Feminism and Feminist Theory

Feminism

This term, feminism, is one that for some is shrouded by misunderstanding. To some, it is perceived as an anti-men movement that seeks to replace or displace men from society. However, these are not the intentions of feminism or feminist movements. Rather, feminist movements have historically fought for the right to vote, the right to own property, equal pay for equal work, to name a few goals. These movements are not antagonistic against men, but rather advocating for the same political, social, and economic rights as men. Feminism is a response to the subjugation and marginalization of women as a result of the patriarchal structure of Western society - a form of social organization that largely privileges males and masculinity.

Feminist movements are often classified in waves according to the goals of that movement in a particular point in time - of which we have gone through three waves.

First Wave Feminism

First Wave Feminism, thought to have started in 1848 with the organization of the Seneca Falls Convention with women such as Elizabeth Cady Scanton in attendance, fought for full rights to citizenship for women, the right to earn and keep wages and property, access to the same education, jobs, and wages as men as well as the right to vote. The First Wave culminated in 1920 after the passing of the 19th Amendment that gave women the right to vote. Prior to this achievement, a schism grew between black and white women, where white women felt betrayed after the 1870s passing of the 15th Amendment that gave black men the right to vote, and thereafter focused their efforts primarily on attaining white women's right to vote.

Second Wave Feminism

Whereas the First Wave fought for women's access to economic opportunity and voting rights - a political movement in essence - the Second Wave of feminism was more of a social movement. Coming at the heels of WWII and burgeoning during the 1960s-80s, when the U.S. entered an era of post-war economic prosperity and the affluent white male reinforced himself as the social and economic pinnacle of society, this movement worked to challenge this notion. Second Wave feminism as a social movement challenged women's subordination in the workplace, at home, in education, and fought for rights to women's bodies regarding abortion. During this time, the Equal Credit Opportunity Act was passed which gave women the ability to take out credit cards in their own name, Sandra Day O'Connor became the first female Supreme Court Justice, and Roe v. Wade enabled a women to have more rights over their bodies by not banning abortion. Although feminism during this time was still heavily racially divided, writers like Angela Davis, Toni Morrison, Alice Walker, and bell hooks all opened discussions for what it meant to be a black woman. This was critical as the mainstream feminism movement was still avoiding the intersections of race and class.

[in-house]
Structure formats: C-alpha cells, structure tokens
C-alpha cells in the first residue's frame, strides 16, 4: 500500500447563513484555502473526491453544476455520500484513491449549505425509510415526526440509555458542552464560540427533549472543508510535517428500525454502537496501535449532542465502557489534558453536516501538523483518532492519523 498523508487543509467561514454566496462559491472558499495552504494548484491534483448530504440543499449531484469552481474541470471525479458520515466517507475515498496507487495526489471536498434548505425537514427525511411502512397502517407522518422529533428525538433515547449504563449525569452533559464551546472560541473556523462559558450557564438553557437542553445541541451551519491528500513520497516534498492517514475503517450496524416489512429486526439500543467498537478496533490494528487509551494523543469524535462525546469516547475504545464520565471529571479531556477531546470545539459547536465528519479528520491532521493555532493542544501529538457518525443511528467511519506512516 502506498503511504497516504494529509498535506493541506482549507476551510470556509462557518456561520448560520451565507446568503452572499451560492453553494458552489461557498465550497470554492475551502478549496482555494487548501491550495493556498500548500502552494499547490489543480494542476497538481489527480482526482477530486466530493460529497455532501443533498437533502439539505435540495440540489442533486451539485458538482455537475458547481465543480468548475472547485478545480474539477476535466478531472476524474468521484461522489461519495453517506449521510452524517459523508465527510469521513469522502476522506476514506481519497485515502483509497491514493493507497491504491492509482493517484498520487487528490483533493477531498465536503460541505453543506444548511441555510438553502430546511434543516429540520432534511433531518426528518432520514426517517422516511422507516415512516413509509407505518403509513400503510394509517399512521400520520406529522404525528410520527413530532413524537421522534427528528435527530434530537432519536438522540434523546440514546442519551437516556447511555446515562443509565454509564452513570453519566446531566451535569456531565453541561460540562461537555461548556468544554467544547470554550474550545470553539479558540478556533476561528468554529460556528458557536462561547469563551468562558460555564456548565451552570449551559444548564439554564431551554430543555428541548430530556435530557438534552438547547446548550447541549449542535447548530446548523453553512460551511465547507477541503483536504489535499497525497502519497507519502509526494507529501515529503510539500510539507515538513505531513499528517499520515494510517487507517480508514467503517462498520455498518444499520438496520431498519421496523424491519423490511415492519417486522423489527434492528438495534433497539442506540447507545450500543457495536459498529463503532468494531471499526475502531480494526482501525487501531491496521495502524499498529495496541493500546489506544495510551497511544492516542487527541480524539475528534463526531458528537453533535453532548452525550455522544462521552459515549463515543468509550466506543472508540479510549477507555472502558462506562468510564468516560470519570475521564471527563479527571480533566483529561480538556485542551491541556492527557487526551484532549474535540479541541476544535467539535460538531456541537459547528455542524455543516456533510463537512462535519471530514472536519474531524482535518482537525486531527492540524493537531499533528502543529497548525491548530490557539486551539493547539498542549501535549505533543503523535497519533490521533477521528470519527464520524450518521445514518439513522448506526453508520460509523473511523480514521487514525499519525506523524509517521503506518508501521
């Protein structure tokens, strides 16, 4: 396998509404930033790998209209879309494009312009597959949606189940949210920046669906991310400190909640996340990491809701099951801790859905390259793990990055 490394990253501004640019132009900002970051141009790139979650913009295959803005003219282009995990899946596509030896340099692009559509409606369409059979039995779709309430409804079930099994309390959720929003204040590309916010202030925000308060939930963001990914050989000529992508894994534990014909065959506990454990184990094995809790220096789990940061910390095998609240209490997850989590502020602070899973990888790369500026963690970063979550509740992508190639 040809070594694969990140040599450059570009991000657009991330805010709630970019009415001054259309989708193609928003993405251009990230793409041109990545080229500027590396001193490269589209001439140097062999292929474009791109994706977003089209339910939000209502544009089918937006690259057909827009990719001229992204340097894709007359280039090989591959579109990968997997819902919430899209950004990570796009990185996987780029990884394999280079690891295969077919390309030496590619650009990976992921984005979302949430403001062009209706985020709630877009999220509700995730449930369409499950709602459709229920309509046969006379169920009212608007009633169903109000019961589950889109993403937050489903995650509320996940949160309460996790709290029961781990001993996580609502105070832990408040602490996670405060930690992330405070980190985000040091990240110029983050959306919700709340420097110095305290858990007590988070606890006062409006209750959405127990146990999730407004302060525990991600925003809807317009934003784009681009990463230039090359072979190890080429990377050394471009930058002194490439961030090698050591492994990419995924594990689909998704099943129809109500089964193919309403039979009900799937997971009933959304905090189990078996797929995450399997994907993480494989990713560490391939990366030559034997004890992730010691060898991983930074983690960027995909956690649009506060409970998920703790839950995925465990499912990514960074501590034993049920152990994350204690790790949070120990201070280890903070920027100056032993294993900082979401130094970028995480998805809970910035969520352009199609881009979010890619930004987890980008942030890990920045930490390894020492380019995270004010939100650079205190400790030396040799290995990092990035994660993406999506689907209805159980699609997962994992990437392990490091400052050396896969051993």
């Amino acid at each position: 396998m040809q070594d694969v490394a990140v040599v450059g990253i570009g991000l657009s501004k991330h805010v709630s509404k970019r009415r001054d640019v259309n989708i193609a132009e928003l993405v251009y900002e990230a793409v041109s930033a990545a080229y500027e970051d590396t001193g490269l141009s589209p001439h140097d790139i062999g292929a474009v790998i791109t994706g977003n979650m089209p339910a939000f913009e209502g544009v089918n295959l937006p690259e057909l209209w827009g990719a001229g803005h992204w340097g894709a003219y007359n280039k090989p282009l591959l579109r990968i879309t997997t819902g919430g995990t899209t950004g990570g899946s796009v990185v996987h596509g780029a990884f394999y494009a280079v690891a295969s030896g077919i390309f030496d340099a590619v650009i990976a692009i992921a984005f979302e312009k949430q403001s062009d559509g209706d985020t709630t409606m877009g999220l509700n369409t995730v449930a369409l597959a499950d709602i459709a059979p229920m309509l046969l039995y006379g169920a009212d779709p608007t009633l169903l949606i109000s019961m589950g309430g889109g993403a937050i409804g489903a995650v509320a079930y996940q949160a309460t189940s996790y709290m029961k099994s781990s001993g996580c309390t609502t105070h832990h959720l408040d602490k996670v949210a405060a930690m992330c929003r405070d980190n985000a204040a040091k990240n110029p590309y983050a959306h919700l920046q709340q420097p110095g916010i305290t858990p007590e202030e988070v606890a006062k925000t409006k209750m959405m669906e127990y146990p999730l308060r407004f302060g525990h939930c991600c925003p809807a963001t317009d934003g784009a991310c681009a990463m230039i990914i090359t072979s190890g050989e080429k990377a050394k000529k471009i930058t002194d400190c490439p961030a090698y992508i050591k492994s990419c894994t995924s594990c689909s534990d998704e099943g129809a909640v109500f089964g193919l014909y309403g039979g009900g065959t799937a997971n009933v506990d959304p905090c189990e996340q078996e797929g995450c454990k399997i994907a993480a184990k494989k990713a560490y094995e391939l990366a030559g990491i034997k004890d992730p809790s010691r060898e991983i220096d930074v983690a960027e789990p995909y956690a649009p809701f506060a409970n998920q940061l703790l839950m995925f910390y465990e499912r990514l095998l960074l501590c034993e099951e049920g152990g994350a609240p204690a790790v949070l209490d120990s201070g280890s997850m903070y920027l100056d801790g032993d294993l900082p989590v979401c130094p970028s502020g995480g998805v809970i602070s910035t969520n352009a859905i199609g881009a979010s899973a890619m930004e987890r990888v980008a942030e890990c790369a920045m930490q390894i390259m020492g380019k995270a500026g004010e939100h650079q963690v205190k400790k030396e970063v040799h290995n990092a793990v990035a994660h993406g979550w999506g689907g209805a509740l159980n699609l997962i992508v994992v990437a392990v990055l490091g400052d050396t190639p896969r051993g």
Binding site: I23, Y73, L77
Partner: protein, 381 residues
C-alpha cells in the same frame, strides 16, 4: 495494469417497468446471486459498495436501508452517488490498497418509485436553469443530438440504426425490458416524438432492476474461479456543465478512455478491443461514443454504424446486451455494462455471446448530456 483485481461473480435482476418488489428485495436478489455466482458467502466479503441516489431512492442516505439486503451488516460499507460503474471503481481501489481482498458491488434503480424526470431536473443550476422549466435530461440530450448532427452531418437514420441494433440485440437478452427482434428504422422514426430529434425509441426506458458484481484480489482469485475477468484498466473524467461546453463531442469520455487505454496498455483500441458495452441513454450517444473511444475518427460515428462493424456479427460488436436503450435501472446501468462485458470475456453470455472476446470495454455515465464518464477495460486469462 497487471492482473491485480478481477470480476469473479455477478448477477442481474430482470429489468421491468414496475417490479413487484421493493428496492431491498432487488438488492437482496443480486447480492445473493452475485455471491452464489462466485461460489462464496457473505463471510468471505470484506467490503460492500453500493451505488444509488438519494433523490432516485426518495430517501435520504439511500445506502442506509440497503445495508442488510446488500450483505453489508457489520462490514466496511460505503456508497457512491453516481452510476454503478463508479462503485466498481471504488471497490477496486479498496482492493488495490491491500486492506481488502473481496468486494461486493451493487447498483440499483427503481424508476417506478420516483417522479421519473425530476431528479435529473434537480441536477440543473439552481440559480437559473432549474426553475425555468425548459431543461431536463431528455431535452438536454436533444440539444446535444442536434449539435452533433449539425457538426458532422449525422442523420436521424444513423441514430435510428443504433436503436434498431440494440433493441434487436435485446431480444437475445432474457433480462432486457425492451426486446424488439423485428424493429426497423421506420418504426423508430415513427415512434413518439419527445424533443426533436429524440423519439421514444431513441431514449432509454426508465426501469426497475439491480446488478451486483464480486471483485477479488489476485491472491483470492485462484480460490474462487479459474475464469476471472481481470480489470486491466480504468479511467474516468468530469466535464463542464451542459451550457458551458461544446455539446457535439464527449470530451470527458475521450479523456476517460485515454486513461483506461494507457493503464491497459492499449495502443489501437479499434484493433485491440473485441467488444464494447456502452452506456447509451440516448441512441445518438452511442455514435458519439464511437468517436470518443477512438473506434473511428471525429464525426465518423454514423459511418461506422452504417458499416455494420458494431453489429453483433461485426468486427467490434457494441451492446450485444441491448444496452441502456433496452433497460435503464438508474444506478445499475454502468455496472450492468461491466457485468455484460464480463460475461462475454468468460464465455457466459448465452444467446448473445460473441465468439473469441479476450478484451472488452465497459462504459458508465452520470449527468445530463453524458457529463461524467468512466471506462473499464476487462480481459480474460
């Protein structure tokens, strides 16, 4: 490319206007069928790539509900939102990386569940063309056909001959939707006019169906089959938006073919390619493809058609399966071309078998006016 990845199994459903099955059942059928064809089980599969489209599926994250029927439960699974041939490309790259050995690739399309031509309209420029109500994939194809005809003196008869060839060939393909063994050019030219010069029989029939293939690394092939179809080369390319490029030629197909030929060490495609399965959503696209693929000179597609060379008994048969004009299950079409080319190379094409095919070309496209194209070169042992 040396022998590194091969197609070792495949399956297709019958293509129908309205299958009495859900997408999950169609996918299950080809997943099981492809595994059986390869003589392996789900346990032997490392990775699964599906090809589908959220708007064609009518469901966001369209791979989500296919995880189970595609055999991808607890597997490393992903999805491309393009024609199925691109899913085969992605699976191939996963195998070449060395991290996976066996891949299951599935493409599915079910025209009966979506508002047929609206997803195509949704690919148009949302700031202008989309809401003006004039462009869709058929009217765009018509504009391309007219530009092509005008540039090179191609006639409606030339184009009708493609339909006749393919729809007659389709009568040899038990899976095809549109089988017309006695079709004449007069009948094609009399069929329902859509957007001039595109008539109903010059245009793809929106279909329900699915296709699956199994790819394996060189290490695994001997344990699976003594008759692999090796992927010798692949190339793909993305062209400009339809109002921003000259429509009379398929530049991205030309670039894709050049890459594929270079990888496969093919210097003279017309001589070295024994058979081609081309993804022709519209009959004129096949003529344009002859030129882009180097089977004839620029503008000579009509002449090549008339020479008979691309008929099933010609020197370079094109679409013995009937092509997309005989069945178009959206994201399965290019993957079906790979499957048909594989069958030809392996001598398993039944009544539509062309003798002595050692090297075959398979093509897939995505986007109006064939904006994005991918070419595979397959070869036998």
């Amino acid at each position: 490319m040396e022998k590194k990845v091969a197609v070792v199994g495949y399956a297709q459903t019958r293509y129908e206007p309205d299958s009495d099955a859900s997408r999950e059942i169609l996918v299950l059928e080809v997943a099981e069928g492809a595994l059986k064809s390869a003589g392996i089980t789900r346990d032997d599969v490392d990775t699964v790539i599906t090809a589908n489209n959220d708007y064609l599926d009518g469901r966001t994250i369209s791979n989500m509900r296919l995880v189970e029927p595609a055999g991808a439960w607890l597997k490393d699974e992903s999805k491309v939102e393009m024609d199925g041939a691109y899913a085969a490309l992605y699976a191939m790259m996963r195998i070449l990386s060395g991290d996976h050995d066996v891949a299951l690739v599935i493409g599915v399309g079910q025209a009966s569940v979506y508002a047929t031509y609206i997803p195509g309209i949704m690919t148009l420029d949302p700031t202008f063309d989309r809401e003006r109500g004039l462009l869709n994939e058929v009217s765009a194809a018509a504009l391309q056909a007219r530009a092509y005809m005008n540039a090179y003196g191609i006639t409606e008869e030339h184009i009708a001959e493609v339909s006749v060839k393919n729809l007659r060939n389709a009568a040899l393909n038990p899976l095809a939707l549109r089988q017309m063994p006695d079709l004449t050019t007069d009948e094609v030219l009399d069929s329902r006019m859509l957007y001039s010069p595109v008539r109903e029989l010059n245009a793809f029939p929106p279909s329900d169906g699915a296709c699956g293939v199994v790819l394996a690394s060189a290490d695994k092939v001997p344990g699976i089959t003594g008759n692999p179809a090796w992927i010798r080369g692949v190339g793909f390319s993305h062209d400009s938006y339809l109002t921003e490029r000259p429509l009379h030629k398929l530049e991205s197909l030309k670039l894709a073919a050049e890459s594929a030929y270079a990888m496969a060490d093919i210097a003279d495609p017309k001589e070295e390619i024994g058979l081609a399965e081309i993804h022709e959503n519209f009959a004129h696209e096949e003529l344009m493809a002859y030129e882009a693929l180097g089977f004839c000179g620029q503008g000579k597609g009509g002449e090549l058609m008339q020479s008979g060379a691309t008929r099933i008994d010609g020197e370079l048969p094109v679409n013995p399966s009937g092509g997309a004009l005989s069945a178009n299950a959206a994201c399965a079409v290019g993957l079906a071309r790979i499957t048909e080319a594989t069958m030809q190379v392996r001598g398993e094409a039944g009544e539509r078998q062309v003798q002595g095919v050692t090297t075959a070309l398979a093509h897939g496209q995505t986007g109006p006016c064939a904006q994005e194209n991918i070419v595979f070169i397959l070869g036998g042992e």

Third Wave Feminism

The 80s saw the start of feminism's Third Wave, a movement that focused more on individual manifestations of feminism rather than a cohesive mission. Instead it worked to deconstruct previous misconceptions and structures regarding gender, race, sexuality, etc., and the intersections of these categories. Third Wave Feminism became an individual movement where women had more autonomy and ability to define their own feminism and has continued to the present day.

Source: http://www.bustle.com/articles/106524-on-womens-equality-day-a-very-brief-timeline-of-feminist-history-in-america

https://www.progressivewomensleadership.com/a-brief-history-the-three-waves-of-feminism/

Feminist Organizations:

UniteWomen.org

"As a non-partisan, inclusive organization our mission is to change the social and cultural conversation and further the participation of women as equal, valued voices in their communities and in the government process." UnitedWomen.org

Progressive Women's Leadership

"Our goal with Progressive Women’s Leadership is to be a resource center that is empowering, forward-looking and supportive of both women and men who want to change the way women are viewed in the workplace (and beyond). In this workplace we lay peace to the gender wars and concentrate on how men and women work together as equals who earn the same opportunities to advance, equal pay for equal work and overall respect. We are fortunate to have many different perspectives contributing this mission. Our team is made up of both women and men. Add to that a mix of ages, backgrounds, geography, life paths and experiences." - Progressive Women's Leadership

Feminist Majority Foundation

"The Feminist Majority Foundation (FMF), which was founded in 1987, is a cutting edge organization dedicated to women's equality, reproductive health, and non-violence. In all spheres, FMF utilizes research and action to empower women economically, socially, and politically. Our organization believes that feminists - both women and men, girls and boys - are the majority, but this majority must be empowered."